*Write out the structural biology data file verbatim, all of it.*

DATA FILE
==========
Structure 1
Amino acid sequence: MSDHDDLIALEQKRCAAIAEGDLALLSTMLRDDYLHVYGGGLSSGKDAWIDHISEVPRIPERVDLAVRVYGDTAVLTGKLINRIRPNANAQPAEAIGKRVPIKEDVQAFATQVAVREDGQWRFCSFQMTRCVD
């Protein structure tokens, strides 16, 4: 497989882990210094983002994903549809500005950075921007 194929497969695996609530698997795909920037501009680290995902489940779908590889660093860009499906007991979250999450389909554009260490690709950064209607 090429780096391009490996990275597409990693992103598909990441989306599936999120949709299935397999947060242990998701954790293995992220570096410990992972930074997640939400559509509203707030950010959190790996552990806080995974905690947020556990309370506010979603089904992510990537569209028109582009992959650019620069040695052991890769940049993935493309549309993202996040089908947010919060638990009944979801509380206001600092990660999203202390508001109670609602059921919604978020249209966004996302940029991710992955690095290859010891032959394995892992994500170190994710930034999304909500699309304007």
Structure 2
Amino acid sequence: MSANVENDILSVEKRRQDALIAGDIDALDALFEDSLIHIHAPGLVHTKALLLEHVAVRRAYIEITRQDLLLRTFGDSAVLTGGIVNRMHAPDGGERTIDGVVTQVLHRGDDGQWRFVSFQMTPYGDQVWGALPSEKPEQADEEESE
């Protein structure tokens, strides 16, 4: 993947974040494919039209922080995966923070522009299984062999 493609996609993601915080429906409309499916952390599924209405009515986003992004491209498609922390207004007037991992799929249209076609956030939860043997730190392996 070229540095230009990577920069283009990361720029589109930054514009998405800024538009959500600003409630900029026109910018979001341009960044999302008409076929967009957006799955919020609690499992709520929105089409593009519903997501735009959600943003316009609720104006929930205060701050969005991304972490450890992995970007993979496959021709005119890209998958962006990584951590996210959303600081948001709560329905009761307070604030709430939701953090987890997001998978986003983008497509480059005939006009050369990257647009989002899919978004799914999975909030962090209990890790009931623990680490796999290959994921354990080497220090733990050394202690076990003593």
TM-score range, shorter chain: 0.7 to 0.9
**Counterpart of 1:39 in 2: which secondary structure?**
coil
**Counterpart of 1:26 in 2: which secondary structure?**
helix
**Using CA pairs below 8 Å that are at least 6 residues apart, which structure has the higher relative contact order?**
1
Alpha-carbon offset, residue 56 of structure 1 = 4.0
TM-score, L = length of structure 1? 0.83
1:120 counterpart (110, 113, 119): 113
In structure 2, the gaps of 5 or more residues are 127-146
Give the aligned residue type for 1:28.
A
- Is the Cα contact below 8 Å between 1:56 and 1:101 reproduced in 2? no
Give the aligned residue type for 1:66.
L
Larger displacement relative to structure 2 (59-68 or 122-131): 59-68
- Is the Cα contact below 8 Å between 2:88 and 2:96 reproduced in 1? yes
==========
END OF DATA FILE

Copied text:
Structure 1
Amino acid sequence: MSDHDDLIALEQKRCAAIAEGDLALLSTMLRDDYLHVYGGGLSSGKDAWIDHISEVPRIPERVDLAVRVYGDTAVLTGKLINRIRPNANAQPAEAIGKRVPIKEDVQAFATQVAVREDGQWRFCSFQMTRCVD
């Protein structure tokens, strides 16, 4: 497989882990210094983002994903549809500005950075921007 194929497969695996609530698997795909920037501009680290995902489940779908590889660093860009499906007991979250999450389909554009260490690709950064209607 090429780096391009490996990275597409990693992103598909990441989306599936999120949709299935397999947060242990998701954790293995992220570096410990992972930074997640939400559509509203707030950010959190790996552990806080995974905690947020556990309370506010979603089904992510990537569209028109582009992959650019620069040695052991890769940049993935493309549309993202996040089908947010919060638990009944979801509380206001600092990660999203202390508001109670609602059921919604978020249209966004996302940029991710992955690095290859010891032959394995892992994500170190994710930034999304909500699309304007």
Structure 2
Amino acid sequence: MSANVENDILSVEKRRQDALIAGDIDALDALFEDSLIHIHAPGLVHTKALLLEHVAVRRAYIEITRQDLLLRTFGDSAVLTGGIVNRMHAPDGGERTIDGVVTQVLHRGDDGQWRFVSFQMTPYGDQVWGALPSEKPEQADEEESE
């Protein structure tokens, strides 16, 4: 993947974040494919039209922080995966923070522009299984062999 493609996609993601915080429906409309499916952390599924209405009515986003992004491209498609922390207004007037991992799929249209076609956030939860043997730190392996 070229540095230009990577920069283009990361720029589109930054514009998405800024538009959500600003409630900029026109910018979001341009960044999302008409076929967009957006799955919020609690499992709520929105089409593009519903997501735009959600943003316009609720104006929930205060701050969005991304972490450890992995970007993979496959021709005119890209998958962006990584951590996210959303600081948001709560329905009761307070604030709430939701953090987890997001998978986003983008497509480059005939006009050369990257647009989002899919978004799914999975909030962090209990890790009931623990680490796999290959994921354990080497220090733990050394202690076990003593």
TM-score range, shorter chain: 0.7 to 0.9
**Counterpart of 1:39 in 2: which secondary structure?**
coil
**Counterpart of 1:26 in 2: which secondary structure?**
helix
**Using CA pairs below 8 Å that are at least 6 residues apart, which structure has the higher relative contact order?**
1
Alpha-carbon offset, residue 56 of structure 1 = 4.0
TM-score, L = length of structure 1? 0.83
1:120 counterpart (110, 113, 119): 113
In structure 2, the gaps of 5 or more residues are 127-146
Give the aligned residue type for 1:28.
A
- Is the Cα contact below 8 Å between 1:56 and 1:101 reproduced in 2? no
Give the aligned residue type for 1:66.
L
Larger displacement relative to structure 2 (59-68 or 122-131): 59-68
- Is the Cα contact below 8 Å between 2:88 and 2:96 reproduced in 1? yes